【要破】【族人】【普渡】I do not know that I should interest my readers by saying much of my Post Office experiences in those days. I was always on the eve of being dismissed, and yet was always striving to show how good a public servant I could become, if only a chance were given me. But the chance went the wrong way. On one occasion, in the performance of my duty, I had to put a private letter containing bank-notes on the secretary’s table — which letter I had duly opened, as it was not marked private. The letter was seen by the Colonel, but had not been moved by him when he left the room. On his return it was gone. In the meantime I had returned to the room, again in the performance of some duty. When the letter was missed I was sent for, and there I found the Colonel much moved about his letter, and a certain chief clerk, who, with a long face, was making suggestions as to the probable fate of the money. “The letter has been taken,” said the Colonel, turning to me angrily, “and, by G——! there has been nobody in the room but you and I.” As he spoke, he thundered his fist down upon the table. “Then,” said I, “by G——! you have taken it.” And I also thundered my fist down — but, accidentally, not upon the table. There was there a standing movable desk, at which, I presume, it was the Colonel’s habit to write, and on this movable desk was a large bottle full of ink. My fist unfortunately came on the desk, and the ink at once flew up, covering the Colonel’s face and shirt-front. Then it was a sight to see that senior clerk, as he seized a quite of blotting-paper, and rushed to the aid of his superior officer, striving to mop up the ink; and a sight also to see the Colonel, in his agony, hit right out through the blotting-paper at that senior clerk’s unoffending stomach. At that moment there came in the Colonel’s private secretary, with the letter and the money, and I was desired to go back to my own room. This was an incident not much in my favour, though I do not know that it did me special harm.If indeed a man writes his books badly, or paints his pictures badly, because he can make his money faster in that fashion than by doing them well, and at the same time proclaims them to be the best he can do — if in fact he sells shoddy for broadcloth — he is dishonest, as is any other fraudulent dealer. So may be the barrister who takes money that he does not earn, or the clergyman who is content to live on a sinecure. No doubt the artist or the author may have a difficulty which will not occur to the seller of cloth, in settling within himself what is good work and what is bad — when labour enough has been given, and when the task has been scamped. It is a danger as to which he is bound to be severe with himself — in which he should feel that his conscience should be set fairly in the balance against the natural bias of his interest. If he do not do so, sooner or later his dishonesty will be discovered, and will be estimated accordingly. But in this he is to be governed only by the plain rules of honesty which should govern us all. Having said so much, I shall not scruple as I go on to attribute to the pecuniary result of my labours all the importance which I felt them to have at the time.【的冥】【他再】【换做】【的耳】“I have introduced in the Vicar of Bullhampton the character of a girl whom I will call — for want of a truer word that shall not in its truth be offensive — a castaway. I have endeavoured to endow her with qualities that may create sympathy, and I have brought her back at last from degradation, at least to decency. I have not married her to a wealthy lover, and I have endeavoured to explain that though there was possible to her a way out of perdition, still things could not be with her as they would have been had she not fallen.
【道只】【着好】【的将】Rapid writing will no doubt give rise to inaccuracy — chiefly because the ear, quick and true as may be its operation, will occasionally break down under pressure, and, before a sentence be closed, will forget the nature of the composition with which it was commenced. A singular nominative will be disgraced by a plural verb, because other pluralities have intervened and have tempted the ear into plural tendencies. Tautologies will occur, because the ear, in demanding fresh emphasis, has forgotten that the desired force has been already expressed. I need not multiply these causes of error, which must have been stumbling-blocks indeed when men wrote in the long sentences of Gibbon, but which Macaulay, with his multiplicity of divisions, has done so much to enable us to avoid. A rapid writer will hardly avoid these errors altogether. Speaking of myself, I am ready to declare that, with much training, I have been unable to avoid them. But the writer for the press is rarely called upon — a writer of books should never be called upon — to send his manuscript hot from his hand to the printer. It has been my practice to read everything four times at least — thrice in manuscript and once in print. Very much of my work I have read twice in print. In spite of this I know that inaccuracies have crept through — not single spies, but in battalions. From this I gather that the supervision has been insufficient, not that the work itself has been done too fast. I am quite sure that those passages which have been written with the greatest stress of labour, and consequently with the greatest haste, have been the most effective and by no means the most inaccurate.Of Thackeray I will speak again when I record his death.【碧海】【许久】【已经】【人瞬】“The Small House at Allington,” “Can You Forgive Her?” “Rachel Ray,” And the “Fortnightly Review”【块的】【阶变】【部夸】“MY DEAR MR. TROLLOPE — Smith & Elder have sent you their proposals; and the business part done, let me come to the pleasure, and say how very glad indeed I shall be to have you as a co-operator in our new magazine. And looking over the annexed programme, you will see whether you can’t help us in many other ways besides tale-telling. Whatever a man knows about life and its doings, that let us hear about. You must have tossed a good deal about the world, and have countless sketches in your memory and your portfolio. Please to think if you can furbish up any of these besides a novel. When events occur, and you have a good lively tale, bear us in mind. One of our chief objects in this magazine is the getting out of novel spinning, and back into the world. Don’t understand me to disparage our craft, especially YOUR wares. I often say I am like the pastrycook, and don’t care for tarts, but prefer bread and cheese; but the public love the tarts (luckily for us), and we must bake and sell them. There was quite an excitement in my family one evening when Paterfamilias (who goes to sleep on a novel almost always when he tries it after dinner) came up-stairs into the drawing-room wide awake and calling for the second volume of The Three Clerks. I hope the Cornhill Magazine will have as pleasant a story. And the Chapmans, if they are the honest men I take them to be, I’ve no doubt have told you with what sincere liking your works have been read by yours very faithfully,It may interest some if I state that during the last twenty years I have made by literature something near ￡70,000. As I have said before in these pages, I look upon the result as comfortable, but not splendid.【一击】【强横】【拳砸】【吼化】Chapter 11 “The Claverings”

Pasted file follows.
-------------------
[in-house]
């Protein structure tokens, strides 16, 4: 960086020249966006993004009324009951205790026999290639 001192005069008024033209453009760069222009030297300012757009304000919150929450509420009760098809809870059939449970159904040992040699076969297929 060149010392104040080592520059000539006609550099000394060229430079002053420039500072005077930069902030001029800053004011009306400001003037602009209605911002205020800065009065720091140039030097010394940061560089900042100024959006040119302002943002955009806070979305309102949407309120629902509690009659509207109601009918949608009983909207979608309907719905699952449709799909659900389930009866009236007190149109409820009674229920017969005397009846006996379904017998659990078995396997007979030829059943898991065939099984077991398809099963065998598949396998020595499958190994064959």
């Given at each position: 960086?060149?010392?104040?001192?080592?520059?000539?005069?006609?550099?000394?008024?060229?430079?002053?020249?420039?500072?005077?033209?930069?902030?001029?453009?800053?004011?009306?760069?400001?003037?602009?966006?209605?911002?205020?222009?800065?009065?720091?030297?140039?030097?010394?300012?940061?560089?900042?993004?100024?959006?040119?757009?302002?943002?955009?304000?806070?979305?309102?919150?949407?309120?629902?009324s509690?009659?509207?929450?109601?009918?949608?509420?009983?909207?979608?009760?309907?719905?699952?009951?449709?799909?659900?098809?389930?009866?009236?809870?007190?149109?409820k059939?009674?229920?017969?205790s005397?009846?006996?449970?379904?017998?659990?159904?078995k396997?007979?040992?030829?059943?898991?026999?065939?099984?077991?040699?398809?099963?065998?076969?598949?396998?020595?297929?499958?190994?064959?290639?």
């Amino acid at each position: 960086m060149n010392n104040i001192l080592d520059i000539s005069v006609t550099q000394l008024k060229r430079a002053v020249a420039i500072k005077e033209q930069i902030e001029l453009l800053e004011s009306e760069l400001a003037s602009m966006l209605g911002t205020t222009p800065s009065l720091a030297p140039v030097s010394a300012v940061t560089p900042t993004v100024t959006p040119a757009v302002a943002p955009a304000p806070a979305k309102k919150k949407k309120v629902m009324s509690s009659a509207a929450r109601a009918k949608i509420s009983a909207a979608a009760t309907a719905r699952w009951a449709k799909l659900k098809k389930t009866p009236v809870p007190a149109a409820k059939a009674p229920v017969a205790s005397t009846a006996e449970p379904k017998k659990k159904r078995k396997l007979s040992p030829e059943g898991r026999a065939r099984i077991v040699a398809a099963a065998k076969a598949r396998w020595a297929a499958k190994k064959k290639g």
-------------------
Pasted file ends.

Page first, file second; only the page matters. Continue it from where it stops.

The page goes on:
【死做】【也能】【的意】On the 15th of September, 1841, I landed in Dublin, without an acquaintance in the country, and with only two or three letters of introduction from a brother clerk in the Post Office. I had learned to think that Ireland was a land flowing with fun and whisky, in which irregularity was the rule of life, and where broken heads were looked upon as honourable badges. I was to live at a place called Banagher, on the Shannon, which I had heard of because of its having once been conquered, though it had heretofore conquered everything, including the devil. And from Banagher my inspecting tours were to be made, chiefly into Connaught, but also over a strip of country eastwards, which would enable me occasionally to run up to Dublin. I went to a hotel which was very dirty, and after dinner I ordered some whisky punch. There was an excitement in this, but when the punch was gone I was very dull. It seemed so strange to be in a country in which there was not a single individual whom I had ever spoken to or ever seen. And it was to be my destiny to go down into Connaught and adjust accounts — the destiny of me who had never learned the multiplication table, or done a sum in long division!Of Thackeray I will speak again when I record his death.【之力】【退出】【无际】【的持】Early in 1851 I was sent upon a job of special official work, which for two years so completely absorbed my time that I was able to write nothing. A plan was formed for extending the rural delivery of letters, and for adjusting the work, which up to that time had been done in a very irregular manner. A country letter-carrier would be sent in one direction in which there were but few letters to be delivered, the arrangement having originated probably at the request of some influential person, while in another direction there was no letter-carrier because no influential person had exerted himself. It was intended to set this right throughout England, Ireland, and Scotland; and I quickly did the work in the Irish district to which I was attached. I was then invited to do the same in a portion of England, and I spent two of the happiest years of my life at the task. I began in Devonshire; and visited, I think I may say, every nook in that county, in Cornwall, Somersetshire, the greater part of Dorsetshire, the Channel Islands, part of Oxfordshire, Wiltshire, Gloucestershire, Worcestershire, Herefordshire, Monmouthshire, and the six southern Welsh counties. In this way I had an opportunity of seeing a considerable portion of Great Britain, with a minuteness which few have enjoyed. And I did my business after a fashion in which no other official man has worked at least for many years. I went almost everywhere on horseback. I had two hunters of my own, and here and there, where I could, I hired a third horse. I had an Irish groom with me — an old man, who has now been in my service for thirty-five years; and in this manner I saw almost every house — I think I may say every house of importance — in this large district. The object was to create a postal network which should catch all recipients of letters. In France it was, and I suppose still is, the practice to deliver every letter. Wherever the man may live to whom a letter is addressed, it is the duty of some letter-carrier to take that letter to his house, sooner or later. But this, of course, must be done slowly. With us a delivery much delayed was thought to be worse than none at all. In some places we did establish posts three times a week, and perhaps occasionally twice a week; but such halting arrangements were considered to be objectionable, and we were bound down by a salutary law as to expense, which came from our masters at the Treasury. We were not allowed to establish any messenger’s walk on which a sufficient number of letters would not be delivered to pay the man’s wages, counted at a halfpenny a letter. But then the counting was in our own hands, and an enterprising official might be sanguine in his figures. I think I was sanguine. I did not prepare false accounts; but I fear that the postmasters and clerks who absolutely had the country to do became aware that I was anxious for good results. It is amusing to watch how a passion will grow upon a man. During those two years it was the ambition of my life to cover the country with rural letter-carriers. I do not remember that in any case a rural post proposed by me was negatived by the authorities; but I fear that some of them broke down afterwards as being too poor, or because, in my anxiety to include this house and that, I had sent the men too far afield. Our law was that a man should not be required to walk more than sixteen miles a day. Had the work to be done been all on a measured road, there would have been no need for doubt as to the distances. But my letter-carriers went here and there across the fields. It was my special delight to take them by all short cuts; and as I measured on horseback the short cuts which they would have to make on foot, perhaps I was sometimes a little unjust to them.